Going To A Museum To Gather Information

I saw an article about an interview with Kimberly Drew on Slate that I really liked. Drew had a book come out, This Is What I Know About Art .

What grabbed my attention was Drew defining a museum experience as information gathering in the same sense as entering a library.

Museums fall within the larger field of GLAM—art galleries, libraries, and museums—where you’re not supposed to go there knowing everything. That’s the myth of museums. You don’t have to know every single book when you go into a library. You go to a library to gather information, and we should be looking at museums in the same way. We go into museums or enter museum websites to garner information, and hopefully we leave knowing more than what we came in with. But somewhere along the line, it became like, “I don’t get it,” or, “If I don’t know this, this, or this, then I shouldn’t go.” That’s one of the greater barriers to access

Drew is pretty passionate about museums. In the conversation between her and the interviewer, there is a fair bit of discussion about all the expectations of what an experience is supposed to be that weigh down the experience. They say that not only can’t a museum account for all contexts influencing how people are interacting with art, sometimes the person who normally spends hours in a gallery is coming in to get out of the rain for a half hour or because they feel like getting out during their lunch hour.

This is obviously applicable to all disciplines and their respective audiences. Along those lines, Drew acknowledges sometimes timing is everything. She says despite there being hundreds of visual arts related blogs out there before her’s, when she started her Black Contemporary Art Tumblr page, it aligned with a need from people who were passionate and curious, but didn’t have the resources to learn and were alienated by the way art was presented in museums and galleries.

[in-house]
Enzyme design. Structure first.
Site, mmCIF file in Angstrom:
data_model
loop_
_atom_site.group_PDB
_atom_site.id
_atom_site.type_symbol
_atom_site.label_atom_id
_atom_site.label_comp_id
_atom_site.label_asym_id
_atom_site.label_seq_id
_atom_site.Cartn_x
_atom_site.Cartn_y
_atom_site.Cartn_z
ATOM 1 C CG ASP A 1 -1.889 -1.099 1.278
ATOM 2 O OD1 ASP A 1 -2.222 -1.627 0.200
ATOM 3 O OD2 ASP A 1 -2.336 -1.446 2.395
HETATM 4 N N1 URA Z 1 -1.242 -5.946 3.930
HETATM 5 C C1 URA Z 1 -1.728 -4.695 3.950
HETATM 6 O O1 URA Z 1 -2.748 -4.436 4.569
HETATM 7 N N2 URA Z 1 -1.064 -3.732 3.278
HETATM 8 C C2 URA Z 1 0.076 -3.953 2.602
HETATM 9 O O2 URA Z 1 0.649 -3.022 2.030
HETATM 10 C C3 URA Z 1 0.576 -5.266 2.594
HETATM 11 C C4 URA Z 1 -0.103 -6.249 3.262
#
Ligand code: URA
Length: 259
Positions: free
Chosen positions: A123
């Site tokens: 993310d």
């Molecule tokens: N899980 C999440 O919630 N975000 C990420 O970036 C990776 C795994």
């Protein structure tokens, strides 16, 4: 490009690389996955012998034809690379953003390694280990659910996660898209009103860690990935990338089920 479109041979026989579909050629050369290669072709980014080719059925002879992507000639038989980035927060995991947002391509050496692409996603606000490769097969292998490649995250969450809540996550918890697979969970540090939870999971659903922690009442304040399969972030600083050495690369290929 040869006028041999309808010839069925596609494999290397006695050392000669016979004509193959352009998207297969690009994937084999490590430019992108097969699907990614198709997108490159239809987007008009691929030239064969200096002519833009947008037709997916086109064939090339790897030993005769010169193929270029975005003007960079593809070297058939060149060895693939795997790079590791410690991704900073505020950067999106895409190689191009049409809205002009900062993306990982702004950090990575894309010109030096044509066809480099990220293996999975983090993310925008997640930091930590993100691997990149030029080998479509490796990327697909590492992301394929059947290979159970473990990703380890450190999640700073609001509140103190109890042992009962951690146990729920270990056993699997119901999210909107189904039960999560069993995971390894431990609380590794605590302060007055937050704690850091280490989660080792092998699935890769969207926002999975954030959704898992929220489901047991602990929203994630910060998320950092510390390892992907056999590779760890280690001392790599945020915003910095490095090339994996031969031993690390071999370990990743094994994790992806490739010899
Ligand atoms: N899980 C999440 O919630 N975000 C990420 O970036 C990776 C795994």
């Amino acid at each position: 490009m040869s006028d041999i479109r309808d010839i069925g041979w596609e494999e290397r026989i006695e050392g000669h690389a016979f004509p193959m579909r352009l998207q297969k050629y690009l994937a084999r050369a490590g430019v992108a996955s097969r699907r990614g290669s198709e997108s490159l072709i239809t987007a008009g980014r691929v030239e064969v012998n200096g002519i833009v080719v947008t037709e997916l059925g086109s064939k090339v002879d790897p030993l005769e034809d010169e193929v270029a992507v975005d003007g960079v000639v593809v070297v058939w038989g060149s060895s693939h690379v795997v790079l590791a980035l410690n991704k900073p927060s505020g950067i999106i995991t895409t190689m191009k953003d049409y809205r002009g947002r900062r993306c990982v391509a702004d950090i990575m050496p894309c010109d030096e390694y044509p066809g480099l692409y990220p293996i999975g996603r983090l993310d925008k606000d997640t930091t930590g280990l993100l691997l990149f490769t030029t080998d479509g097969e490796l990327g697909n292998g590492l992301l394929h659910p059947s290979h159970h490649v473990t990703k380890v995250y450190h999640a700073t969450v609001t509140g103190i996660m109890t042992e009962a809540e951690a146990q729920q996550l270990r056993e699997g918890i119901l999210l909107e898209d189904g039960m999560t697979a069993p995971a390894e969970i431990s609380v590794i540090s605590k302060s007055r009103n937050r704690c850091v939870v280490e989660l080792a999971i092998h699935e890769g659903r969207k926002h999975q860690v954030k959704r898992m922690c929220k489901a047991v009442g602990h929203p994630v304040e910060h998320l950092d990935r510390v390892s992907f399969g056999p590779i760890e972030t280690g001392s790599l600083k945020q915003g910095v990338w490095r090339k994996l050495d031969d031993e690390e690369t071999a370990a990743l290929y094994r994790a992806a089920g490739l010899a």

Based on this, Drew is an advocate for providing different paths which allow people to interact with your organization: website, blog, video content, etc., as an accompaniment for the physical experience you offer.

There is a recording of the full interview from which the article is excerpted if you want to absorb the whole conversation. (There is also a transcript, but it is auto-generated by software and attributes Drew’s words to 4-5 separate speakers which gets confusing.)

The Man Who Decided To Raise Artists Instead of Chickens

It was with some sorrow that I learned this week that a great man who has literally been part of the grassroots effort to provide arts experiences to young people died last week. Albert Appel who, with his wife Clare, founded, or he might say floundered, into establishing an arts and music camp just turned 98 on July 5. A tribute to his life appears on the Appel Farm Arts and Music Campus website.